by Gabrielle Davis
When it came to naming the new home of Florida Legal Services, only one person would fit the bill, said FLS Executive Director Kent Spuhler.
“There was only one name that could go on the state capital justice center,” said Spuhler at the Dec. 10 unveiling of the Paul Doyle Justice Center in Tallahassee. “That’s the name of the man who has devoted 40 years of his professional career to the oppressed and those who weren’t able to get a fair deal out of our legal system.”
For 35 years, FLS has been the voice for Florida’s poor and disadvantaged. Over the years, its role has grown, both in the courtroom and in the Capitol, but its attorneys and staff were still working in cramped, rented basement offices. The need became apparent for a larger, permanent space with more room for statewide training programs, as well as workspace for legal services staff visiting the capital. As a way of honoring Doyle and helping FLS purchase a more suitable building, 175 donors contributed more than $625,000 through the FLS Building Justice capital campaign.
About 150 of Doyle’s colleagues, family and friends traveled from as far as Portland, Ore., to attend the dedication of the new FLS headquarters.
“[Doyle] has served in many roles, but in all those roles he has been a leader, an encourager and a person that says we can never be satisfied,” Spuhler said. “There’s more to do, there is more we can do, no matter if the money’s up or the money’s down. The job is in front of you and the job is making a difference.”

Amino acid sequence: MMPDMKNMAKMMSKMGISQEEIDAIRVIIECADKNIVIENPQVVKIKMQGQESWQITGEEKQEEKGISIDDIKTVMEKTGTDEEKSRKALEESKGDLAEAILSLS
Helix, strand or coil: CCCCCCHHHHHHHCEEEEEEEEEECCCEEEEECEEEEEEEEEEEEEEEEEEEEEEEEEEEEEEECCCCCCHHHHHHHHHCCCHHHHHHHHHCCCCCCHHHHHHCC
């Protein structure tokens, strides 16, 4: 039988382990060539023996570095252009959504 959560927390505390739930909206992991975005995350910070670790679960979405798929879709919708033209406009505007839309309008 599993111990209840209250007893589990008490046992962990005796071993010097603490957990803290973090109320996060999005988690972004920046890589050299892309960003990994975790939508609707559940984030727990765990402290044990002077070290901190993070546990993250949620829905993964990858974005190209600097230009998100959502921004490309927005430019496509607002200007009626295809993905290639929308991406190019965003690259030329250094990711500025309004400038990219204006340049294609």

Doyle’s commitment to legal services began in the 1970s when he served as executive director of Jacksonville Area Legal Aid.
For 18 years, Doyle has served as the director of The Florida Bar Foundation’s Legal Assistance for the Poor and Law Student Assistance grant programs, working to fund legal aid organizations in Florida and to foster a love of public service among tomorrow’s lawyers.
The impacts Doyle’s efforts have made are nationwide, said Foundation Executive Director Jane Curran.
“I get a chance to travel all over the country and tell people what Paul has told me to say, and I get such recognition for it, but it’s all Paul,” Curran said.
In accepting the honor, Doyle said the most important word in the building’s name is “justice.”
“For the poor, justice is not vague or dispassionate, general justice for all, but a living, ambitious, sometimes controversial and dedicated quest…We owe the FLS staff and the staff of legal aid programs throughout Florida our support, respect and enduring debt of gratitude for the shouldering of this challenge… I’m humbled to have my name on this building and look forward to supporting FLS in the future.”